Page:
Intestacy: is it really that bad?
We often read about people in the press discussing the virtues of making a Will in order to be proactive, choose the people we would like to benefit from our death and to ensure our estates are as tax efficient as possible. But what is the alternative if we die without having made a Will?
Intestacy laws, which are laid down in legislation, govern the distribution of the estate of any person who dies without leaving a Will.
Are the intestacy laws always a bad thing?
The intestacy laws are there to protect the needs of beneficiaries following somebody’s death and therefore have been carefully considered by the government to cover the average family needs. Unfortunately, there is no such thing as an ‘average family’.
In this day and age of complex family structures, high divorce rates, unmarried partners being ‘the norm’, and blended families with children from multiple partnerships, it would be impossible for the intestacy laws to cover all situations. Currently, the intestacy laws are appropriate in a small number of very simple family structures. Even so, if the family is of higher than average wealth, the intestacy laws do not take into account any planning opportunities and may not even provide adequately for the surviving spouse.
Considering that the intestacy laws in their current form were first introduced in 1925, they have stood the test of time until they were modernised in 2014. Even with the most recent overhaul and the increasing values over the years, it is still in my opinion that on reflection the intestacy laws do not provide benefits for family members in accordance with the majority of peoples wishes.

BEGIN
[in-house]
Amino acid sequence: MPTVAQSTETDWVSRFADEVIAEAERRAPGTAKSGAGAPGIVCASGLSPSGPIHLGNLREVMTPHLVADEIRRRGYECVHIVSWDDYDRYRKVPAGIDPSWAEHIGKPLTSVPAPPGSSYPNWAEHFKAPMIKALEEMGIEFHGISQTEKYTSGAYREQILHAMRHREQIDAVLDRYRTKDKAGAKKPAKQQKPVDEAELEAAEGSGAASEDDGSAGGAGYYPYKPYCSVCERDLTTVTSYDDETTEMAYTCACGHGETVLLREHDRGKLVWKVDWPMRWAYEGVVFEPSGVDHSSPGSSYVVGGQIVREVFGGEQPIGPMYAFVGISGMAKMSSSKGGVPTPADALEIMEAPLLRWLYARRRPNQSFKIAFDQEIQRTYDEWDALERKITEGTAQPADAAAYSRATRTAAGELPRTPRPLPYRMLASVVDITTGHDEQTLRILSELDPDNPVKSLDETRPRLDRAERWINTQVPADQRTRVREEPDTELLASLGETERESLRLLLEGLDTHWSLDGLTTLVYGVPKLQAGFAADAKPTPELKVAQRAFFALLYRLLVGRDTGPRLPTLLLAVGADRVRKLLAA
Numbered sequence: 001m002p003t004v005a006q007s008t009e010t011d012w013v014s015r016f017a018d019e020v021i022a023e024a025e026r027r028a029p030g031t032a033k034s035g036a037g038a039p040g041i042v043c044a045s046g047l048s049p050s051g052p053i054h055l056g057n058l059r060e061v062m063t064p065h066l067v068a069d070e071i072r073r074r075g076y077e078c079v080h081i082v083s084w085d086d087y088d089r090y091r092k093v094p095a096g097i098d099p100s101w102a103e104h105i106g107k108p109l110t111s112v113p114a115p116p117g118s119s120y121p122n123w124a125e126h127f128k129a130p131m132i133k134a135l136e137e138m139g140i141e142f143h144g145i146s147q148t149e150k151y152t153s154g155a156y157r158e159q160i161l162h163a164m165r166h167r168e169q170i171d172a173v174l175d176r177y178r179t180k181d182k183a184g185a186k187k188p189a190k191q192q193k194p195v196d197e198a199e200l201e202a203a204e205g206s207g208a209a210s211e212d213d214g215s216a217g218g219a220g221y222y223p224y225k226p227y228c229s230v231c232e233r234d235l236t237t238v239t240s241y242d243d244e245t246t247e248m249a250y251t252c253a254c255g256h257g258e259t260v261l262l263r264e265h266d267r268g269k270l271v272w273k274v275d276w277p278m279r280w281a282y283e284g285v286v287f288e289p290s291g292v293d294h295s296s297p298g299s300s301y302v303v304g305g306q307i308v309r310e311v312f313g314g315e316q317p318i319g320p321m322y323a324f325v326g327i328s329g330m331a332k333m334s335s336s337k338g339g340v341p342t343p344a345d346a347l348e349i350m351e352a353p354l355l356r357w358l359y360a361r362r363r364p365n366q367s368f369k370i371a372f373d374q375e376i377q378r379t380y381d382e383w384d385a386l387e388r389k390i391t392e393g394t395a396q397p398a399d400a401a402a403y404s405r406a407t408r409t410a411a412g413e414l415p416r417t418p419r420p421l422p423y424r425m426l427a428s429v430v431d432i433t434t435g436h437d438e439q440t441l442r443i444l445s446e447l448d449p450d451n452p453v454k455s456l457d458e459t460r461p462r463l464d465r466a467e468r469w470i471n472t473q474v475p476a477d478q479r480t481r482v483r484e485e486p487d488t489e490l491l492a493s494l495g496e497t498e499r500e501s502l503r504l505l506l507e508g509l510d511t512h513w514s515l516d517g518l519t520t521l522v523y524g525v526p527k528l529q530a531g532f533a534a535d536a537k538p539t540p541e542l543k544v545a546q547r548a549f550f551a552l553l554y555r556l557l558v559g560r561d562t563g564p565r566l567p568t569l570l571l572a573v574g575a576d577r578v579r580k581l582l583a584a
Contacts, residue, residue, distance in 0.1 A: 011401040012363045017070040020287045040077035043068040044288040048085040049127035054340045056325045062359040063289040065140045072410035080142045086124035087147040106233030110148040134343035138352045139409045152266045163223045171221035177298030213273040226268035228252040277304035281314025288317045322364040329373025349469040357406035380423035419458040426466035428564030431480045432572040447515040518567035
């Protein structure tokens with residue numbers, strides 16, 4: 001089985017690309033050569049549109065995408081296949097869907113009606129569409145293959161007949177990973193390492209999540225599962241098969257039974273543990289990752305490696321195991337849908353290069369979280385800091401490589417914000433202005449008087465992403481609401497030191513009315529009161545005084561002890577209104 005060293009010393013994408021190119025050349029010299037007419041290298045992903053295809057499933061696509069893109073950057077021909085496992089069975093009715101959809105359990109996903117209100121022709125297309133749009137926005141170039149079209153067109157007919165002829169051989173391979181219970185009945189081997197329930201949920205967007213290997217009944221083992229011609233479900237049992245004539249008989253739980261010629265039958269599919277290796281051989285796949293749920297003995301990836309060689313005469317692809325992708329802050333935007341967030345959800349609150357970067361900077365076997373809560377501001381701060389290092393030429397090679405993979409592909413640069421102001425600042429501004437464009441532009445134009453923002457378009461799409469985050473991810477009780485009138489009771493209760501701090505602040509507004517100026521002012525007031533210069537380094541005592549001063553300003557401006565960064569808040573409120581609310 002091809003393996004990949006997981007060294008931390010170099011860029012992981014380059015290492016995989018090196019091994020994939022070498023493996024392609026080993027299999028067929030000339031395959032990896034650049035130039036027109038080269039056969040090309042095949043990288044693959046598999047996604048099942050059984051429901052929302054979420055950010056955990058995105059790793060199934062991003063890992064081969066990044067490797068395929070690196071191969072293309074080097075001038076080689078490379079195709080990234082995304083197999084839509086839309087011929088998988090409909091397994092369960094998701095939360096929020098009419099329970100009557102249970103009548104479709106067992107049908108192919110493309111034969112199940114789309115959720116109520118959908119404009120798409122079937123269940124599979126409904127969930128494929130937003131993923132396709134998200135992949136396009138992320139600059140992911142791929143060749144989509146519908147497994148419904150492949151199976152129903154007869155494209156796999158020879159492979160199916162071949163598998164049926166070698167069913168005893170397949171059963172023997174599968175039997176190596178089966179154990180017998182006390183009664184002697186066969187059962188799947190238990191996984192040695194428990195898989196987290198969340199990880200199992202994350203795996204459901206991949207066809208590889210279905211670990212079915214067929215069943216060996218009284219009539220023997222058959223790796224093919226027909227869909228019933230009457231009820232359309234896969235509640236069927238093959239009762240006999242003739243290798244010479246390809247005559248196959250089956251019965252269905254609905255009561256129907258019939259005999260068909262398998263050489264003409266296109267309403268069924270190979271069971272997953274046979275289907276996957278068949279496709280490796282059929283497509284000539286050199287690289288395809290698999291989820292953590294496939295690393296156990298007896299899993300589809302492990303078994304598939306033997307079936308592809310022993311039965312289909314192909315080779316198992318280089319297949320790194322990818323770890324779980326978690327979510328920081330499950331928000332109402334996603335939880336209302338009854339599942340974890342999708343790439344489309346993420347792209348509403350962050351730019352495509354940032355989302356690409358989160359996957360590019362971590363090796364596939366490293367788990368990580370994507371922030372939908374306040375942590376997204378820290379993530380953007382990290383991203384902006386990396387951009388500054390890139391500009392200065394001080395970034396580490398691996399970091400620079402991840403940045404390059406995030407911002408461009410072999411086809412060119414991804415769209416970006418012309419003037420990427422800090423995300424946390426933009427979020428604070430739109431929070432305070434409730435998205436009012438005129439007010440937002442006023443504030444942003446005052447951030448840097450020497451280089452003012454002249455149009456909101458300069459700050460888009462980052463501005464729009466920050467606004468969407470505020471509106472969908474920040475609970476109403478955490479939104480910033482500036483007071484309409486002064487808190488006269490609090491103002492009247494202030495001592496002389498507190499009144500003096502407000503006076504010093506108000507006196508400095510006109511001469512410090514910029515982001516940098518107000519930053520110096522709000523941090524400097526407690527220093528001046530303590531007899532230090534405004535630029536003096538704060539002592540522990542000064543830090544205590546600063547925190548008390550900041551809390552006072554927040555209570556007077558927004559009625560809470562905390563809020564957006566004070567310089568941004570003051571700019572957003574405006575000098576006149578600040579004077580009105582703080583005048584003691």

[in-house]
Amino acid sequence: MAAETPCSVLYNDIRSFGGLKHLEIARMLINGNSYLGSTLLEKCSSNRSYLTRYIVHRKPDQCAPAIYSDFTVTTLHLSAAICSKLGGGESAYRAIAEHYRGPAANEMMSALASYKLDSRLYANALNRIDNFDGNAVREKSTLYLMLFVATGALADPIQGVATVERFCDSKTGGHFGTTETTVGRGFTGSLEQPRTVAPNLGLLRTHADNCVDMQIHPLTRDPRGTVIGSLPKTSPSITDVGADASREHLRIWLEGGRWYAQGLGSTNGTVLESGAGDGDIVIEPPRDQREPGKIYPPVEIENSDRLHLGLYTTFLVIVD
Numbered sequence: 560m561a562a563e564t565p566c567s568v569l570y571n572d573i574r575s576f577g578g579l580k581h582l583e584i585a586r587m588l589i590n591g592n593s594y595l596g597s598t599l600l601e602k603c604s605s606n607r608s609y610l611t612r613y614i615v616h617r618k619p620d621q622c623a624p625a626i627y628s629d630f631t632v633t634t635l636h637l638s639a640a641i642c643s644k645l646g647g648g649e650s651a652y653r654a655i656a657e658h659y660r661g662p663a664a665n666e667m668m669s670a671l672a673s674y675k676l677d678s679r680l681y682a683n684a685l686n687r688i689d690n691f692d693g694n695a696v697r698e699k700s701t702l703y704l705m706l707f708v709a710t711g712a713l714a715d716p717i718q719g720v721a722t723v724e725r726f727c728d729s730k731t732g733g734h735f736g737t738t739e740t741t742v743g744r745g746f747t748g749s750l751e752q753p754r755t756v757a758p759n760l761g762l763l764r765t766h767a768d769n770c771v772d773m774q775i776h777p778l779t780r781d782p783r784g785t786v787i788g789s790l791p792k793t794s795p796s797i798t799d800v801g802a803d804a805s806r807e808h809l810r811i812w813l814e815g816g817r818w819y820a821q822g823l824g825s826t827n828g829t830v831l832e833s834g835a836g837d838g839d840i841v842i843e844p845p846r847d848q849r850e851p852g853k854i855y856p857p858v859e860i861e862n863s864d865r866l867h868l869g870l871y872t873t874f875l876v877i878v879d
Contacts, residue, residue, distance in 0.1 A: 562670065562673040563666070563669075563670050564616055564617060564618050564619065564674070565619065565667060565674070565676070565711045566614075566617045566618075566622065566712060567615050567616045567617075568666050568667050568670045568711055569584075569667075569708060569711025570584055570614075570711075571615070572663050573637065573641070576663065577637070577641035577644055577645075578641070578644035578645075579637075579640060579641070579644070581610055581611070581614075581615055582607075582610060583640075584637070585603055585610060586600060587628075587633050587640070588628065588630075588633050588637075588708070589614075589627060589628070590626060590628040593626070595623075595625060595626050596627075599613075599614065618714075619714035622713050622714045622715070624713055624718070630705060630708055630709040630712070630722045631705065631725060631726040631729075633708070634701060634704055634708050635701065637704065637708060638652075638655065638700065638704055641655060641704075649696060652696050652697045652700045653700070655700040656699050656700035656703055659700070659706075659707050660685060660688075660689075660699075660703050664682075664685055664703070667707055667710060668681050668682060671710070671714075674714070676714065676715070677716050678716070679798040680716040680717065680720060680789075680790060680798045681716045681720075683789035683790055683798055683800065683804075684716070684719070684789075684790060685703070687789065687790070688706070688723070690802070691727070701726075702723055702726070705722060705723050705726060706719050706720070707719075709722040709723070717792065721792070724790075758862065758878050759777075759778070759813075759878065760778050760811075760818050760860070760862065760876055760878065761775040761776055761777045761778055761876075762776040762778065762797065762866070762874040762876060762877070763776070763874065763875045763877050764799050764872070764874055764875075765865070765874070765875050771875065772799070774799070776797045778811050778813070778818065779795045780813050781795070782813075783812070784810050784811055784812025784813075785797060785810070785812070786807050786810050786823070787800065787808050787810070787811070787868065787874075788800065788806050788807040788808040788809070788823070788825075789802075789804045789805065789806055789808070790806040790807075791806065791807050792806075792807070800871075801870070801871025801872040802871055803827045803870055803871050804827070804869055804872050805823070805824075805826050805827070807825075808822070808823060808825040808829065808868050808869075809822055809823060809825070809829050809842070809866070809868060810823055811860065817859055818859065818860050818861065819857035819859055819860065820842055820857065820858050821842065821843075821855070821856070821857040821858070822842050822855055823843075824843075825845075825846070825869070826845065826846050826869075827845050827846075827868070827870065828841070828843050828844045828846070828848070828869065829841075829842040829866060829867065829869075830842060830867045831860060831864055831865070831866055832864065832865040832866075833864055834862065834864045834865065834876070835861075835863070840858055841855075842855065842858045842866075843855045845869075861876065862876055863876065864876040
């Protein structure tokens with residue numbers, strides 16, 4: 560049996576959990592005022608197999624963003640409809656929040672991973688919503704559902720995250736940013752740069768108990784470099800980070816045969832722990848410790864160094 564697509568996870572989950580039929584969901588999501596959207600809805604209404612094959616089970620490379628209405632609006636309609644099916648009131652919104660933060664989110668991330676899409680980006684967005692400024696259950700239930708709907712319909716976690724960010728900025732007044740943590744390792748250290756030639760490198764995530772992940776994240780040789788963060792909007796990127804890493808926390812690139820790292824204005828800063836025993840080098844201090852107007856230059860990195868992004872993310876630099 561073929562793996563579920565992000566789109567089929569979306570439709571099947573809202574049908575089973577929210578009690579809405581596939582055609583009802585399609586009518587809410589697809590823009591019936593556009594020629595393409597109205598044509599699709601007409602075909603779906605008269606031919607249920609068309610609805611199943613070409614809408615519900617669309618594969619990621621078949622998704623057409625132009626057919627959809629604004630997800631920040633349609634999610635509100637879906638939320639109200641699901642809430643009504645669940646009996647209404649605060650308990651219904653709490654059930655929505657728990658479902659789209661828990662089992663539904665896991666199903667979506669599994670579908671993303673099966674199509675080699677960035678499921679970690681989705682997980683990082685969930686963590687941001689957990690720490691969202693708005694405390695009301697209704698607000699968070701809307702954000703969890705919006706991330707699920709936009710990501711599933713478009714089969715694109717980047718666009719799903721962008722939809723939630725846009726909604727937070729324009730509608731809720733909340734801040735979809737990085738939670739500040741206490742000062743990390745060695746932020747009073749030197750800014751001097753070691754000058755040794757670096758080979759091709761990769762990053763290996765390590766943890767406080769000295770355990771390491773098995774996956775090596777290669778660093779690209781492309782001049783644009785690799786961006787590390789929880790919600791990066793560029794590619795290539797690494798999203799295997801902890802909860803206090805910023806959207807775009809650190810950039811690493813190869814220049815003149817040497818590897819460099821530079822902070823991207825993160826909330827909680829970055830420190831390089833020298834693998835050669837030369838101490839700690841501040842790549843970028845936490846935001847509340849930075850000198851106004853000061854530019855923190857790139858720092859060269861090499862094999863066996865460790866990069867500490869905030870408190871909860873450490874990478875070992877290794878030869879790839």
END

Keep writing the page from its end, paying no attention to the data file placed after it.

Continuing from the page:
In conclusion, I believe that it is very important for everybody to make a Will and consider their options on division of their estates on death and, at the very least, to take advice in their personal circumstances on the ramifications of not doing so.
Lindsey Atterbury, Head of Legal.
Brian is an Estate Planning Consultant from The Will Writing Company. The Hanley Economic Building Society acts as an introducer to The Will Writing Company for estate planning services. The Will Writing Company are authorised and regulated by the Solicitors Regulation Authority (SRA) as a licensed body in England and Wales (SRA number 626921). Calls may be recorded for compliance and training purposes. Authorised by the Prudential Regulation Authority and regulated by the Financial Conduct Authority and the Prudential Regulation Authority. JD1806.
The Will Writing Company Limited (registered number 3616406) is authorised and regulated by the Solicitors Regulation Authority (SRA) in England and Wales as a Licensed Body (SRA number 626921). EPG Legal Services Limited is registered in Scotland 536268 and complies with the Institute of Professional Willwriters (IPW) and the institute of Scottish Professional Willwriters (ISPW) code of practice. Client comments are taken from completed IPW questionnaires. The Will Writing Company Limited and EPG Legal Services Limited are subsidiaries of The Estate Planning Group (Holdings) Limited.